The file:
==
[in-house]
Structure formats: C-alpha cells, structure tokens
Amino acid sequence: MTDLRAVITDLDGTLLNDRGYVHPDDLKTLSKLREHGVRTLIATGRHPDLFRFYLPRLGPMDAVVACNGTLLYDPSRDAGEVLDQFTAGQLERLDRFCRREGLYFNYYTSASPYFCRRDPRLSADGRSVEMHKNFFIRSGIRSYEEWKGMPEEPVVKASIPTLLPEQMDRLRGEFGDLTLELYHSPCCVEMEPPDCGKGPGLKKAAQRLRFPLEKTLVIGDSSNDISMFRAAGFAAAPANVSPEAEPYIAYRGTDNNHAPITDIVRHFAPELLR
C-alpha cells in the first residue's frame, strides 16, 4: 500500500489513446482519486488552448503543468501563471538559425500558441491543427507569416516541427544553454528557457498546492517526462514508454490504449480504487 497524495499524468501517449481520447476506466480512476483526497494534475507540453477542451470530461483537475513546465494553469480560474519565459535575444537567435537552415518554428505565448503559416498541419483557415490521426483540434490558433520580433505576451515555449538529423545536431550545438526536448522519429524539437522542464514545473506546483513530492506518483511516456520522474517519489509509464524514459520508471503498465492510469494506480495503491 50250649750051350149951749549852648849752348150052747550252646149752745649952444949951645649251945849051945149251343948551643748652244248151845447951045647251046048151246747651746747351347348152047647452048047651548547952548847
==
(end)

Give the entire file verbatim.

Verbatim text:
[in-house]
Structure formats: C-alpha cells, structure tokens
Amino acid sequence: MTDLRAVITDLDGTLLNDRGYVHPDDLKTLSKLREHGVRTLIATGRHPDLFRFYLPRLGPMDAVVACNGTLLYDPSRDAGEVLDQFTAGQLERLDRFCRREGLYFNYYTSASPYFCRRDPRLSADGRSVEMHKNFFIRSGIRSYEEWKGMPEEPVVKASIPTLLPEQMDRLRGEFGDLTLELYHSPCCVEMEPPDCGKGPGLKKAAQRLRFPLEKTLVIGDSSNDISMFRAAGFAAAPANVSPEAEPYIAYRGTDNNHAPITDIVRHFAPELLR
C-alpha cells in the first residue's frame, strides 16, 4: 500500500489513446482519486488552448503543468501563471538559425500558441491543427507569416516541427544553454528557457498546492517526462514508454490504449480504487 497524495499524468501517449481520447476506466480512476483526497494534475507540453477542451470530461483537475513546465494553469480560474519565459535575444537567435537552415518554428505565448503559416498541419483557415490521426483540434490558433520580433505576451515555449538529423545536431550545438526536448522519429524539437522542464514545473506546483513530492506518483511516456520522474517519489509509464524514459520508471503498465492510469494506480495503491 50250649750051350149951749549852648849752348150052747550252646149752745649952444949951645649251945849051945149251343948551643748652244248151845447951045647251046048151246747651746747351347348152047647452048047651548547952548847